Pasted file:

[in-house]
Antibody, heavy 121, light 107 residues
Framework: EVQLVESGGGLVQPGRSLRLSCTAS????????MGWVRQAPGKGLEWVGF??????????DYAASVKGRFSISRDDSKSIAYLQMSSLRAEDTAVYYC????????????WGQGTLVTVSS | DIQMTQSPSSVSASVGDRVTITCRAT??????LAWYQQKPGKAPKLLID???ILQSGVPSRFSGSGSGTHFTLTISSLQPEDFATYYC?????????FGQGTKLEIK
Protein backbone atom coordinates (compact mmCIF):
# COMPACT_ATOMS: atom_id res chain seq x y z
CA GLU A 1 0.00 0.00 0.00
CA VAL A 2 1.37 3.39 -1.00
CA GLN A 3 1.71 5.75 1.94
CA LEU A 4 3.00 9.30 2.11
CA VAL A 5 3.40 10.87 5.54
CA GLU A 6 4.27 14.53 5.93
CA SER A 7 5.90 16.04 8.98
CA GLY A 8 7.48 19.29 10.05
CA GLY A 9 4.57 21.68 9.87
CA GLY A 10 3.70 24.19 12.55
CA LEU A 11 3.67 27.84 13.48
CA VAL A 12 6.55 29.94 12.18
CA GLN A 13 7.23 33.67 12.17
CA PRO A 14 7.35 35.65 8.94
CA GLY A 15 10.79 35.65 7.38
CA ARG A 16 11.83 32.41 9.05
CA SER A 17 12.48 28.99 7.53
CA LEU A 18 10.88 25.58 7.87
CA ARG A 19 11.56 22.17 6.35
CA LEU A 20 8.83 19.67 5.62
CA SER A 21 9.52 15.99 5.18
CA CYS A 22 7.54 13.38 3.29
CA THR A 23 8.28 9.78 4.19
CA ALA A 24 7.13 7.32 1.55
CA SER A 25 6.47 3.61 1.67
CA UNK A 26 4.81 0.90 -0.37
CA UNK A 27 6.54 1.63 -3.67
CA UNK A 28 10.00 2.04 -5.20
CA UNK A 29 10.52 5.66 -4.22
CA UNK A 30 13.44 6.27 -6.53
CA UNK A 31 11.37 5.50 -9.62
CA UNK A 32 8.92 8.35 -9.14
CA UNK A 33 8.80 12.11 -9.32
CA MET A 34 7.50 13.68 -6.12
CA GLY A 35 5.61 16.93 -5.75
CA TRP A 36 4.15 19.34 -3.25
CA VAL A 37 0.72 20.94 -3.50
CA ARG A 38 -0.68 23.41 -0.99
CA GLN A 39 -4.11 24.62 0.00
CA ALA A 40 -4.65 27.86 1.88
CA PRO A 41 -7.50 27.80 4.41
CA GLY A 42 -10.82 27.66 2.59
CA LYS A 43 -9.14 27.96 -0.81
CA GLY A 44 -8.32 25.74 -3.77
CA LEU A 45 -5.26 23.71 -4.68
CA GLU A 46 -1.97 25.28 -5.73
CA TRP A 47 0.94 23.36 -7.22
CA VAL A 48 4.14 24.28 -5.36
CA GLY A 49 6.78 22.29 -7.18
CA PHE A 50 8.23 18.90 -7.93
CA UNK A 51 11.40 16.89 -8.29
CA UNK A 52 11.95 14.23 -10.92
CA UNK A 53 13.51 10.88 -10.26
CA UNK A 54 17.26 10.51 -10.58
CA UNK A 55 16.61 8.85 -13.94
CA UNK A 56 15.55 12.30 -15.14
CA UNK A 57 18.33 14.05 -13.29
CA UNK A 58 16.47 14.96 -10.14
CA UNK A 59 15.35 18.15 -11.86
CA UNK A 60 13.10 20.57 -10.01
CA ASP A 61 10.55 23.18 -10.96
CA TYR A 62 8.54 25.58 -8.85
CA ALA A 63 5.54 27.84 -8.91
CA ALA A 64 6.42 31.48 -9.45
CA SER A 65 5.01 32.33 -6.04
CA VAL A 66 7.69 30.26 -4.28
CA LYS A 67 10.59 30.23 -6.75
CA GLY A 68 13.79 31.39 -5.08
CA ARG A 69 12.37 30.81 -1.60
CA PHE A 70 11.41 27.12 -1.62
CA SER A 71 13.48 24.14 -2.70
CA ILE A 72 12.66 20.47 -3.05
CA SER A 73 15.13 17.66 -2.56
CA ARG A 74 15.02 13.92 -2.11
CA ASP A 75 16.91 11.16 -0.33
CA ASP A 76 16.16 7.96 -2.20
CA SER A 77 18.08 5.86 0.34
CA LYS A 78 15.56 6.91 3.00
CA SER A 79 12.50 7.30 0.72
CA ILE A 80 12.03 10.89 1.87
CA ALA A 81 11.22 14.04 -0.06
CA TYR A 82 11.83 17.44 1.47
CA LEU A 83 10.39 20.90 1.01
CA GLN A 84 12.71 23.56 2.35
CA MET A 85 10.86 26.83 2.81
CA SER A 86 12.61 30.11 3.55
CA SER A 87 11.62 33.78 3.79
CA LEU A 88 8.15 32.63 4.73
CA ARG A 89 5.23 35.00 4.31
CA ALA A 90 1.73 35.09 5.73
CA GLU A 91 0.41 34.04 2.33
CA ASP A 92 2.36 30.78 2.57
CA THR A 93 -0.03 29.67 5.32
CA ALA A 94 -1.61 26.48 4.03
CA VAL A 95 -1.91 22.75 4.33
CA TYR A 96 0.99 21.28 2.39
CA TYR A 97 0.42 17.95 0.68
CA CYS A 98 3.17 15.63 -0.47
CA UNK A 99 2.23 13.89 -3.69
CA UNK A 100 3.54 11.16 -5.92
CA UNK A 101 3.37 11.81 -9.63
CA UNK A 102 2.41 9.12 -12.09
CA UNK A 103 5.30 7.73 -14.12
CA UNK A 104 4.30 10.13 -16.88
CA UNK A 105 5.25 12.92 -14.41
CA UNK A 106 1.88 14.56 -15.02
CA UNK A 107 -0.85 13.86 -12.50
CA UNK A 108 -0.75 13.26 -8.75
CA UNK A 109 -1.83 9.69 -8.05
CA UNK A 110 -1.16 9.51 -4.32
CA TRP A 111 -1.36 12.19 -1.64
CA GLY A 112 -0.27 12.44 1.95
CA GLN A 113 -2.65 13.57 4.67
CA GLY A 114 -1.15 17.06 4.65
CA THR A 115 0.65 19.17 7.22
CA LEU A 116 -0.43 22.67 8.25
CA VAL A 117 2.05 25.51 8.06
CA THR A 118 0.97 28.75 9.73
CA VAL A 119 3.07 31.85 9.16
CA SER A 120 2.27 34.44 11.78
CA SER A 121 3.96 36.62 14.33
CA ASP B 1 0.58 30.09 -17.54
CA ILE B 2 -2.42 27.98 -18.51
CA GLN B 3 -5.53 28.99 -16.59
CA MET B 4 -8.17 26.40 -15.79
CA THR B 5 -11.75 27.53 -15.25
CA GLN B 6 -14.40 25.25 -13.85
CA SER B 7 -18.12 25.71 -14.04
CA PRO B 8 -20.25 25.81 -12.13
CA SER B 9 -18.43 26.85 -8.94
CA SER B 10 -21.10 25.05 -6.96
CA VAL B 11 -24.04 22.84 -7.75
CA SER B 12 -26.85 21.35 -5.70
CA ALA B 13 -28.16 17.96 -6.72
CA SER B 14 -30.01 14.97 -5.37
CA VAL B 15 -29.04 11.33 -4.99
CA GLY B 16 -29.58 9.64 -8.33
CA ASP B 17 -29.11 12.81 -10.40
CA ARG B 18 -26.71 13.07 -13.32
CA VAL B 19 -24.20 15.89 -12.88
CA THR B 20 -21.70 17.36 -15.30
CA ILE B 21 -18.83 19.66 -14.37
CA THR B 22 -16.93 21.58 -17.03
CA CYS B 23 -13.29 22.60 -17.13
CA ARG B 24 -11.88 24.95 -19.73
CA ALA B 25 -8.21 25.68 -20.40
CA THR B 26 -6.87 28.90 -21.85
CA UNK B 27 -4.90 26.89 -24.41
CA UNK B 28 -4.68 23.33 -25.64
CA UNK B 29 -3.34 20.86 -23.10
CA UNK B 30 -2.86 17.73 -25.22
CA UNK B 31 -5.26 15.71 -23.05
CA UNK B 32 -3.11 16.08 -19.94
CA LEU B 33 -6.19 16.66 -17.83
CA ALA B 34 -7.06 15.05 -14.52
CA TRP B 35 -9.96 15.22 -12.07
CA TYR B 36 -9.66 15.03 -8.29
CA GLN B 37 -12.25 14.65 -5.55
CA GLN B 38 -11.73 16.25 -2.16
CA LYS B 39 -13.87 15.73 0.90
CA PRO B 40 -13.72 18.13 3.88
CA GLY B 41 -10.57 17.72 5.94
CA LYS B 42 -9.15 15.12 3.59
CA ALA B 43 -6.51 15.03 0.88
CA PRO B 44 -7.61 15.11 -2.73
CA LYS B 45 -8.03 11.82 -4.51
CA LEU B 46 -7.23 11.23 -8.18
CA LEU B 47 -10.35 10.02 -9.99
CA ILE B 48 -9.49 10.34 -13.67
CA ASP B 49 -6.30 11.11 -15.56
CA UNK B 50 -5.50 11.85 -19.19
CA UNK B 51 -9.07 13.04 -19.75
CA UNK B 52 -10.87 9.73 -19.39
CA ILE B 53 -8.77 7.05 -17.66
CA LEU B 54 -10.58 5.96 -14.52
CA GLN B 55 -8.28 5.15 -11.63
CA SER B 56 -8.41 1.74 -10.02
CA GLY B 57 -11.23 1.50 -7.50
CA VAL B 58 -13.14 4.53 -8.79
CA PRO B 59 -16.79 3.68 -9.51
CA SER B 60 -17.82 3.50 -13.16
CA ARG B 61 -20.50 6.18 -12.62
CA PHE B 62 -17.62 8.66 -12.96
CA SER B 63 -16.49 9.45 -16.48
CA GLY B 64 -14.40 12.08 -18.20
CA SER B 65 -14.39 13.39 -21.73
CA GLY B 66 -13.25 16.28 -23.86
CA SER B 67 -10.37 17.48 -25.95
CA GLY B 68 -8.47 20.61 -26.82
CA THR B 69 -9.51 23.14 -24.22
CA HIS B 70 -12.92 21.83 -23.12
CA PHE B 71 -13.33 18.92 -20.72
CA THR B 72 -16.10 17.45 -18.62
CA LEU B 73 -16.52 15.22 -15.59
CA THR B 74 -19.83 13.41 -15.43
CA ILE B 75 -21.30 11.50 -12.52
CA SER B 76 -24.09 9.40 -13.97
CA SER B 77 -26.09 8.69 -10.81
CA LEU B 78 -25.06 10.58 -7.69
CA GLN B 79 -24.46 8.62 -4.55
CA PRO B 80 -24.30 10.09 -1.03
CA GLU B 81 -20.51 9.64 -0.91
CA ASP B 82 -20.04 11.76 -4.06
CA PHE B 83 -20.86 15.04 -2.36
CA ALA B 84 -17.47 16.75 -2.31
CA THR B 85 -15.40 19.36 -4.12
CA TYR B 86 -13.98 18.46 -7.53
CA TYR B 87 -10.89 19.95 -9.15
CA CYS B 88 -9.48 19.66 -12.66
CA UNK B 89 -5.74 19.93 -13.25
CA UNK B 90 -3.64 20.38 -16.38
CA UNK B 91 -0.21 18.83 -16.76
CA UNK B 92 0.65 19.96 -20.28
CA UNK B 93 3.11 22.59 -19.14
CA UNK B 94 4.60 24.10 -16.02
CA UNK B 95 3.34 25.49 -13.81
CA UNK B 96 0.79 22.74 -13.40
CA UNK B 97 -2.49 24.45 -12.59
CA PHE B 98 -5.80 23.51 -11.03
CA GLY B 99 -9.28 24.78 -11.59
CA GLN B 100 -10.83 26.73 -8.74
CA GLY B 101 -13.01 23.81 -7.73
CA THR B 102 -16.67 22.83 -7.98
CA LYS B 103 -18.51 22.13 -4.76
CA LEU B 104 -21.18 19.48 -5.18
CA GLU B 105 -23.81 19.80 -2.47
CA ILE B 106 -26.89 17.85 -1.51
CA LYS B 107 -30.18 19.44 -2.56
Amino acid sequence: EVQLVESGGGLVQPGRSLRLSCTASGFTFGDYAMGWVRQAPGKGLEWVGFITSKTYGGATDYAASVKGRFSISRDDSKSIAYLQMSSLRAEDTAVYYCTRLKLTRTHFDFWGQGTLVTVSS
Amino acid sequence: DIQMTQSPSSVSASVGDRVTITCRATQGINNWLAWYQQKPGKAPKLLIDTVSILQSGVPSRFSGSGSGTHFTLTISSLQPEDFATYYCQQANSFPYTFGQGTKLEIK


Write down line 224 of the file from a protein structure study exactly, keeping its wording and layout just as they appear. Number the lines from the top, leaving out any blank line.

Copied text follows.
CA PHE B 98 -5.80 23.51 -11.03